CSA week 16 is easily the heaviest bundle yet, with the apples, big tomatos, the (surprise!) bok choy, more nice green beans under all the lettuce.  Apples, fall is here.  Sweet potatoes, more fall.  I’m getting pretty goddam tired of those green peppers though.  Wish the dog would eat them.  I ordered eggs this week $2.50 extra, well worth it.  They’re a buck more at the farmers market.  And I just ate two of them, another Saturday morning favorite: egg sandwich, yolks intentionally broken, fried gently in butter, salt and pepper, topped with chopped bacon and slipped between two pieces of soft white bread fresh out of the plastic, one piece generously smeared with Hellmann’s.  Yes, Hellmann’s mayo.  I know I make a stink about making your own mayo and how easy it is.  But Read On »

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Week 15 from Geauga Family Farms.  I think they’re getting better—the lettuce is fresher, there’s less signs of travel in the soft vegetables. As I’ve pointed out before, just because you grow heirloom fruits and veg, doesn’t mean they’re good. You’ve got to be a good farmer or grower.  And just because you grow excellent fruits and veg, doesn’t mean they’re still excellent when they arrive on the table of the family that purchased the CSA.  Every part of the process matters. Fun CSA this week: I’m not a huge fan of cherry tomatoes—too much skin relative to the amount of flesh, and frankly, I don’t love them enough to blanch, shock, and peel them.  But last night, photographing a bacon and eggs pizza for the new book, I had some leftover dough and cheese, Read On »

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Cool surprise in today’s CSA.  Okra!  Something I almost never cook, and something that when I’ve had it, is cooked into slime. The key to cooking okra is to not cook it too much.  Saute it in a tablespoon of canola oil in a hot pan, salt and pepper, red pepper flakes if you want some heat, till tender but still crunchy. When I was working on Return To Cooking with Eric, he sauted them this way and served them on mahi mahi with a citrus vinaigrette. They’re delectable.  Truly, and so rarely do I eat them, they taste and feel like a delicacy when prepared this way. Or, cook okra the southern way, dipped in butter milk or egg, rolled in a corn-meal-mixture and fried.  That’s delicious, too.  Goes great with Carolina barbecue! Summer Read On »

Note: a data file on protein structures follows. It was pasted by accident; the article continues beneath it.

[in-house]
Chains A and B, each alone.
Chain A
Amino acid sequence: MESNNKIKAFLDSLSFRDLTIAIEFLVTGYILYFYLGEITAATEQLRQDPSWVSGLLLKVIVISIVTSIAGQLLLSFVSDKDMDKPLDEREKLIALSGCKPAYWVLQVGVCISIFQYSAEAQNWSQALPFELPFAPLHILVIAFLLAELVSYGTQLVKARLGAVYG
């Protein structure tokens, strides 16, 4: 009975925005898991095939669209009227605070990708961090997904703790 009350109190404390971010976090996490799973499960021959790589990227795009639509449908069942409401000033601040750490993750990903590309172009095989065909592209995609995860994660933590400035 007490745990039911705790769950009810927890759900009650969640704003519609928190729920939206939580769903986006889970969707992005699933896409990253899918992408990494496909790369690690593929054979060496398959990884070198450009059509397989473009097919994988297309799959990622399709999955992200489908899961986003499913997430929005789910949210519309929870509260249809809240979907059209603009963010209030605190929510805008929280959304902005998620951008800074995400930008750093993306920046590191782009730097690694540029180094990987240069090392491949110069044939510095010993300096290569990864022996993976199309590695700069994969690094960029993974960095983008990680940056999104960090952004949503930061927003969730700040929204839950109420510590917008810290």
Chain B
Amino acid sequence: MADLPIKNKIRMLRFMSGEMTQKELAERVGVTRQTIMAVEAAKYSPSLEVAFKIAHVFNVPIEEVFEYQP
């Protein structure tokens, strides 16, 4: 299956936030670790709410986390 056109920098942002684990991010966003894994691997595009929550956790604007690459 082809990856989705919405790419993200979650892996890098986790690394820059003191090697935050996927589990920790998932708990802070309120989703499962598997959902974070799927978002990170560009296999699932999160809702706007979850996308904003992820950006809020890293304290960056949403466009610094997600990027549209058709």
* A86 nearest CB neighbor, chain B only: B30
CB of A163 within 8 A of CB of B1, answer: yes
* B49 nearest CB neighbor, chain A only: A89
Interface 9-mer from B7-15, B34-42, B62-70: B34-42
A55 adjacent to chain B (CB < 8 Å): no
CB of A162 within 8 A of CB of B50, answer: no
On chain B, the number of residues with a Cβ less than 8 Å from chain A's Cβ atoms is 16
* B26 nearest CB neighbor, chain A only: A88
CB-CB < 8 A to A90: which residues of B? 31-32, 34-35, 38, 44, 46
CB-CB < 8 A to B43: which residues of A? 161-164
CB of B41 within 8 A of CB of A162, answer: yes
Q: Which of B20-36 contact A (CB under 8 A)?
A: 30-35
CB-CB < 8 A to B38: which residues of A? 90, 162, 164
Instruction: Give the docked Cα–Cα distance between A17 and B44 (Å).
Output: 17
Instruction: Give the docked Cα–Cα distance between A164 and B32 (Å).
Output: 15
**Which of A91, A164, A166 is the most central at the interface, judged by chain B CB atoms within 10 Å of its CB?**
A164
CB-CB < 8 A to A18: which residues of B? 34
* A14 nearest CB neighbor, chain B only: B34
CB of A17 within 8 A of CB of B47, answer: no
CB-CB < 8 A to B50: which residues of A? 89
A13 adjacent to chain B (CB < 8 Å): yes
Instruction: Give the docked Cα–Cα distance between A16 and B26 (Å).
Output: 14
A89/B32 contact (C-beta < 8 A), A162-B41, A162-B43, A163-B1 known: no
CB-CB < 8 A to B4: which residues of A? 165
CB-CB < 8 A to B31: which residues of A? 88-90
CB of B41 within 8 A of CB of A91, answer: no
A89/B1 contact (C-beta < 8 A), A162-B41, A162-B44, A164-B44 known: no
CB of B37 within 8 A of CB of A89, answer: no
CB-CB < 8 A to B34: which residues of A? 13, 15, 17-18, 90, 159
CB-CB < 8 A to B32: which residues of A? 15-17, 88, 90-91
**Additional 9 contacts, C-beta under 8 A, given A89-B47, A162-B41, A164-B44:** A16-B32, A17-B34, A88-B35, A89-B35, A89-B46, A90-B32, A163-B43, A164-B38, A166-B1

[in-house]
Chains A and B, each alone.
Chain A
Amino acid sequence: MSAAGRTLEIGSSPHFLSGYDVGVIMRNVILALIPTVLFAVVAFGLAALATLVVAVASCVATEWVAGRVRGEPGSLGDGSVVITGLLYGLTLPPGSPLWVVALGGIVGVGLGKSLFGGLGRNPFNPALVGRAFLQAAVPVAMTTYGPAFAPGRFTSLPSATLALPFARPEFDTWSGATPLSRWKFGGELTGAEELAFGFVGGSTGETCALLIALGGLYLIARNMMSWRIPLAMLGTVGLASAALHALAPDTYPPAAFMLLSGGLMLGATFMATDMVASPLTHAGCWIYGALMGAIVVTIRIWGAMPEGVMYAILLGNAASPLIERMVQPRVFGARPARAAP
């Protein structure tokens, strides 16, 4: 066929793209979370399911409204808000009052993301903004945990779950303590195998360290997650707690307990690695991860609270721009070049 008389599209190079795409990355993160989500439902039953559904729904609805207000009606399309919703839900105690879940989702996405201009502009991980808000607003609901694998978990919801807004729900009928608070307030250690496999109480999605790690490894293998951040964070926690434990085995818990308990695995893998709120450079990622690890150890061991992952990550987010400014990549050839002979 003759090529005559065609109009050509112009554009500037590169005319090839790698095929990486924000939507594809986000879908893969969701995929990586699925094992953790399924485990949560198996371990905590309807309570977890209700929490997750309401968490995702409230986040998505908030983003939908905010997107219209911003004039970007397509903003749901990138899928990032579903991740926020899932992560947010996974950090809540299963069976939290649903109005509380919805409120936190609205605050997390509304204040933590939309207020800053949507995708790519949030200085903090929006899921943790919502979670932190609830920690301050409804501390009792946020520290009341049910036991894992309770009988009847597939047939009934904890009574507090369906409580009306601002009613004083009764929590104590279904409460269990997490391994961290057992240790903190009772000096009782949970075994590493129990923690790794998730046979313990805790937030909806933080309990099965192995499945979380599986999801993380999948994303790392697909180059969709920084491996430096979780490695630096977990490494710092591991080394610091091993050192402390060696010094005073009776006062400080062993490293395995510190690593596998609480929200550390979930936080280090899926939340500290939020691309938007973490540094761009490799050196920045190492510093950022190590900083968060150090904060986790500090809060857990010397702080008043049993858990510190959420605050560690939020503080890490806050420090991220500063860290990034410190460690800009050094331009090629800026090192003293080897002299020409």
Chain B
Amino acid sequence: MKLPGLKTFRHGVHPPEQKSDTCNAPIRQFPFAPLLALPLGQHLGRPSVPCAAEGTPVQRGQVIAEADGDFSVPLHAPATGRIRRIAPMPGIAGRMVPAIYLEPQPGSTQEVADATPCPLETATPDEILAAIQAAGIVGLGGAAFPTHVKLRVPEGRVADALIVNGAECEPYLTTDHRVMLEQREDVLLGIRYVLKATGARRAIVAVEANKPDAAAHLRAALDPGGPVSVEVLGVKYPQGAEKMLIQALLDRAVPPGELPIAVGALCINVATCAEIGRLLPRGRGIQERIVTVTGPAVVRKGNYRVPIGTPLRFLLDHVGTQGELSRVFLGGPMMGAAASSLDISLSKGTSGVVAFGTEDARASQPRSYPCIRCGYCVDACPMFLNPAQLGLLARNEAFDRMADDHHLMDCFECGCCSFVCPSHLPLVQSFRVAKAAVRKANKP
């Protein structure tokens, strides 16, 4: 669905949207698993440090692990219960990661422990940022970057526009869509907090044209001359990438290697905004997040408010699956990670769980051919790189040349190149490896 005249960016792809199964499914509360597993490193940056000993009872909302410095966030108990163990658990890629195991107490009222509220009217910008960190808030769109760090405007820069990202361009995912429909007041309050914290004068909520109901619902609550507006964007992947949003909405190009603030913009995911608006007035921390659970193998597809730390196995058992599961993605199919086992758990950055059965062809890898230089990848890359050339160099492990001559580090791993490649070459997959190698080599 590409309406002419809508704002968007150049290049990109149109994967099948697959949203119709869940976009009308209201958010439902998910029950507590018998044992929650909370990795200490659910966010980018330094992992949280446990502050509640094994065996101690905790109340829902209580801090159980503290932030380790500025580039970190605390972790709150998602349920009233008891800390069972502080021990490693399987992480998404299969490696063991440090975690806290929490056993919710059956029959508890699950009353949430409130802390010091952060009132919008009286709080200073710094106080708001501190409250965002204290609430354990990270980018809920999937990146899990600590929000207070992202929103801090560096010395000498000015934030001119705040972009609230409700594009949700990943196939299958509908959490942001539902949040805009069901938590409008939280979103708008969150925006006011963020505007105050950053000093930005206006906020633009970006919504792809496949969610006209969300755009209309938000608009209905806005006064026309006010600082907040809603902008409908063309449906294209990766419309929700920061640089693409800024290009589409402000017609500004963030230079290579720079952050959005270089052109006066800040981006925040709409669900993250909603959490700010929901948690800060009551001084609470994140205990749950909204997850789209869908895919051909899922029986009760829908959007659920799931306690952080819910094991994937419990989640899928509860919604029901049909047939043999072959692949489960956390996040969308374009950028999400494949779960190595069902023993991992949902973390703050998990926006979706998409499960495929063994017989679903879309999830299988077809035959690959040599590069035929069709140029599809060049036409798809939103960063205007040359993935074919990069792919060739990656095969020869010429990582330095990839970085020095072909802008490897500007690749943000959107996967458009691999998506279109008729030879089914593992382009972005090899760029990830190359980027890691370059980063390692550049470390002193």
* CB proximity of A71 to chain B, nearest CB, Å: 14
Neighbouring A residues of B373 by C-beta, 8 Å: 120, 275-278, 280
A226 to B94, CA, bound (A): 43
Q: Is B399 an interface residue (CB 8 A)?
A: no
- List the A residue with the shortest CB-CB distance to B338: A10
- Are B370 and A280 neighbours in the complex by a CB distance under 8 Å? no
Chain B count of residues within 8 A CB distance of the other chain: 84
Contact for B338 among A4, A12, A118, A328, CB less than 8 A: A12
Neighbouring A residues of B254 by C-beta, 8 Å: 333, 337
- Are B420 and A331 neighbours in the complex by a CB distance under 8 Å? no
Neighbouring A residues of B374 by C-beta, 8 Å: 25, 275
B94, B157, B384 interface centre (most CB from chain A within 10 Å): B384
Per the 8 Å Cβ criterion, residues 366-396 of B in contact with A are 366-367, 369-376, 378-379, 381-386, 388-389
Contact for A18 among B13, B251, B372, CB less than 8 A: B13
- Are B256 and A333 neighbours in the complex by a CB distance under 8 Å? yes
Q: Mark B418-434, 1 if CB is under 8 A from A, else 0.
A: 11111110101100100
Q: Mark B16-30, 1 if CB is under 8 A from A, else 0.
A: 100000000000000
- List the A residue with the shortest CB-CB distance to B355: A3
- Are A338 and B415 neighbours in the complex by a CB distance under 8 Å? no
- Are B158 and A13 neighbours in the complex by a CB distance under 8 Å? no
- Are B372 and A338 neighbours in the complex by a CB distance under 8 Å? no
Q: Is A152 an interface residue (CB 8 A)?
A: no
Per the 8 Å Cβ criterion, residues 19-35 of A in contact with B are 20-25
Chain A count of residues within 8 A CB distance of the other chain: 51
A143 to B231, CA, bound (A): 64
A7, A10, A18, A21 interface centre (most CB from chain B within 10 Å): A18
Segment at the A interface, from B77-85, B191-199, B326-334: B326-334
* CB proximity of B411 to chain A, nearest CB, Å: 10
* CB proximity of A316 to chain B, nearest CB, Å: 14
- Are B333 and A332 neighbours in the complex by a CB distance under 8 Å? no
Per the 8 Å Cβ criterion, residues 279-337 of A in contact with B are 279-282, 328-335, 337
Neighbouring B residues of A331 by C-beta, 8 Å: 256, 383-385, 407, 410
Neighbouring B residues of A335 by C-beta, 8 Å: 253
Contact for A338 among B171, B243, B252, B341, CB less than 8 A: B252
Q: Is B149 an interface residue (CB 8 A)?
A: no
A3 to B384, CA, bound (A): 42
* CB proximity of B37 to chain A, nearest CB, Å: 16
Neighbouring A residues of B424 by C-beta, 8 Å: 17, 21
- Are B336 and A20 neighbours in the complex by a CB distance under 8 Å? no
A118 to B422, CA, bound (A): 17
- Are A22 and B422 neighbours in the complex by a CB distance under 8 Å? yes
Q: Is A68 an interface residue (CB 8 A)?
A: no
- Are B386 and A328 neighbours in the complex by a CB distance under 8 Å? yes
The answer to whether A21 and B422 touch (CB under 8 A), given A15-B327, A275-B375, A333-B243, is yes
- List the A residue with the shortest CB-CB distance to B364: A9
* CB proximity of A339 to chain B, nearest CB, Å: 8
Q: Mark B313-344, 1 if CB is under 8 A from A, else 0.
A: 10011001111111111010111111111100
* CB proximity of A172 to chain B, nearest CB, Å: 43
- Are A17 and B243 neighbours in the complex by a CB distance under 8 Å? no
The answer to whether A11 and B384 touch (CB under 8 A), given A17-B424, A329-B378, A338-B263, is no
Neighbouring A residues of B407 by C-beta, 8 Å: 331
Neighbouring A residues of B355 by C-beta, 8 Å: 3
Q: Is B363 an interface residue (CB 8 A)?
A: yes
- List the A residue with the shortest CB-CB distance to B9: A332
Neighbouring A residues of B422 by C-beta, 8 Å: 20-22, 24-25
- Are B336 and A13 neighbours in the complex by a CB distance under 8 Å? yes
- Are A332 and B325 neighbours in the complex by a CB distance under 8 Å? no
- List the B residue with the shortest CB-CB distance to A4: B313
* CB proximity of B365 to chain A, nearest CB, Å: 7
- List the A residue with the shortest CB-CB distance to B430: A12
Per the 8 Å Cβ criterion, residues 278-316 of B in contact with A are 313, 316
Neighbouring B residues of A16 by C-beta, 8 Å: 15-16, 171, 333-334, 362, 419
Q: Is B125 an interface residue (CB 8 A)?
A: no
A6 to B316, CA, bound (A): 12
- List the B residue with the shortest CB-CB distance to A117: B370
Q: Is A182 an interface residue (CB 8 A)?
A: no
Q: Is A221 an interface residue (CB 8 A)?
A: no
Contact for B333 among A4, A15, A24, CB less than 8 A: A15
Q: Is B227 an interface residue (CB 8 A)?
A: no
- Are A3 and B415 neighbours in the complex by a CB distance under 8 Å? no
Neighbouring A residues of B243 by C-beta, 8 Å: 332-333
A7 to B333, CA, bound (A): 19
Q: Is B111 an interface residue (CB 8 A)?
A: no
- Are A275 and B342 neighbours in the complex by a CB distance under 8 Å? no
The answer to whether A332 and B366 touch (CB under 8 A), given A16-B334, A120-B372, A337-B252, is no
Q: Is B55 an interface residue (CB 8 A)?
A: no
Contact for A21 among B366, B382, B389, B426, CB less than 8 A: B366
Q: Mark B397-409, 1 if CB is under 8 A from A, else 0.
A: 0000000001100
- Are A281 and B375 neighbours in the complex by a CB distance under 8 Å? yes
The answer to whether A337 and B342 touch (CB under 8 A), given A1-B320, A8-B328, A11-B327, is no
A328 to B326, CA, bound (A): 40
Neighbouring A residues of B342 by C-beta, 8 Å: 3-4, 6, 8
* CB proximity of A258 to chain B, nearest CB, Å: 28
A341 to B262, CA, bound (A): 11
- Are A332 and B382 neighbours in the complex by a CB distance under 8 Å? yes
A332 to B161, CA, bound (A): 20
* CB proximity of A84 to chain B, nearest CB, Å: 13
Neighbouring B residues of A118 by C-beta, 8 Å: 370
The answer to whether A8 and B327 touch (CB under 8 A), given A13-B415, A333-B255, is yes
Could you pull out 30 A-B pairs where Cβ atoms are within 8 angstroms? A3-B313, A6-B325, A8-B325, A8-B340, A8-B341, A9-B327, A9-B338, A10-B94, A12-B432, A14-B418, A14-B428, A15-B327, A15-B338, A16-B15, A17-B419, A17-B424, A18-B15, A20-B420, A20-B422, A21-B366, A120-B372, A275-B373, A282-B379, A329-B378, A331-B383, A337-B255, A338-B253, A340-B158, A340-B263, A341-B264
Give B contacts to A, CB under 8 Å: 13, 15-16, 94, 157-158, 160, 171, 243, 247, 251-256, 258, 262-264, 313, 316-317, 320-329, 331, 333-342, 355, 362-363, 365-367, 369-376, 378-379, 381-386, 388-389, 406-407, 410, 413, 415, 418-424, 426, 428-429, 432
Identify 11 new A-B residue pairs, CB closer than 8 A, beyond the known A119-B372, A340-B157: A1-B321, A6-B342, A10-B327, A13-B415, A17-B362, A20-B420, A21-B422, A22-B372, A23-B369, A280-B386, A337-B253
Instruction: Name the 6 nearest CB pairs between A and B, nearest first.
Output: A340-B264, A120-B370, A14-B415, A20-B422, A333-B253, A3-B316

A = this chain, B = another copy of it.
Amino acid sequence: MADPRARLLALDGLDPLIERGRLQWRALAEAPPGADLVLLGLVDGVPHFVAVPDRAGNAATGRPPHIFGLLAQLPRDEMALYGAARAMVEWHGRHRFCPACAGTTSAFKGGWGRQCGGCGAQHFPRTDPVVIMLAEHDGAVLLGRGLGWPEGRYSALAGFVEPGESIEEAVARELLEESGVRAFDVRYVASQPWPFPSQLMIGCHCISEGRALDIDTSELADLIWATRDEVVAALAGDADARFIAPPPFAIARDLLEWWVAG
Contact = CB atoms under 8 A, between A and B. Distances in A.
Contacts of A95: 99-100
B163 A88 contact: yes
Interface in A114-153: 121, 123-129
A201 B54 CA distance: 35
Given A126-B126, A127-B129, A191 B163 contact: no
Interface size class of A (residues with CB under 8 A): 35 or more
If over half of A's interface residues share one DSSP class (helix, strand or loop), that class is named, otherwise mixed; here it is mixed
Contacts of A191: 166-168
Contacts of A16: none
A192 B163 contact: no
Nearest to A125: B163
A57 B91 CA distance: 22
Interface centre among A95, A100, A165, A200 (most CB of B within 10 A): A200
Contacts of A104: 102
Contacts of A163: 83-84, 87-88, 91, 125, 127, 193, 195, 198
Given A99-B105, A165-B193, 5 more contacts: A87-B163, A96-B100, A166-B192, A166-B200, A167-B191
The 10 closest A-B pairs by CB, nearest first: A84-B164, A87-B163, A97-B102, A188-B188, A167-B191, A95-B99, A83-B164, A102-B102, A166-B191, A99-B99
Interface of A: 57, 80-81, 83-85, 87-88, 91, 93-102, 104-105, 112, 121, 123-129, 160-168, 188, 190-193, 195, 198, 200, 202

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This is week 13 of my CSA from Geauga Family Farms (my iPhone, Donna was on the road).  Very happy (green peppers went into a steak and bell pepper stir fry).  Tomato garlic basil pasta for dinner tonight, along with a green bean, onion and corn salad with a creamy lemon peper vinaigrette.  The cubanos will be stuffed with sausage and cheese and grilled. The photos below show a nice cross-section of CSA’s from around the country, from Cape Cod to San Diago, thanks everyone.  It would be interesting to see fall CSA shares from southern states.  Hold your cursor over the photo for the name and location of the sender.  I was unable to add the name of the farm or the CSA or link to each one, but if you see yours here, Read On »

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We joined a CSA this year to see how it compares with simply shopping at the North Union Farmer’s Market.  A friend suggested I write about how I use what find in our bag.  When Donna dropped our daughter off at a friend’s, the friend’s dad appeared and asked, “How are you going to cook your kale?”  He too was part of the CSA.  Donna recounted that he intend to saute it, which reinforced the notion that this could use some writing about.  Kale is not tender, needs lots of cooking. The morning we returned with our organic booty, there was delicious toast, raspberry jam, strawberries and poached eggs.  The garlic scapes I intend to saute tonight and serve with stir-fried broccoli.  The hot house tomato is gone but there’s still some red leaf lettuce Read On »

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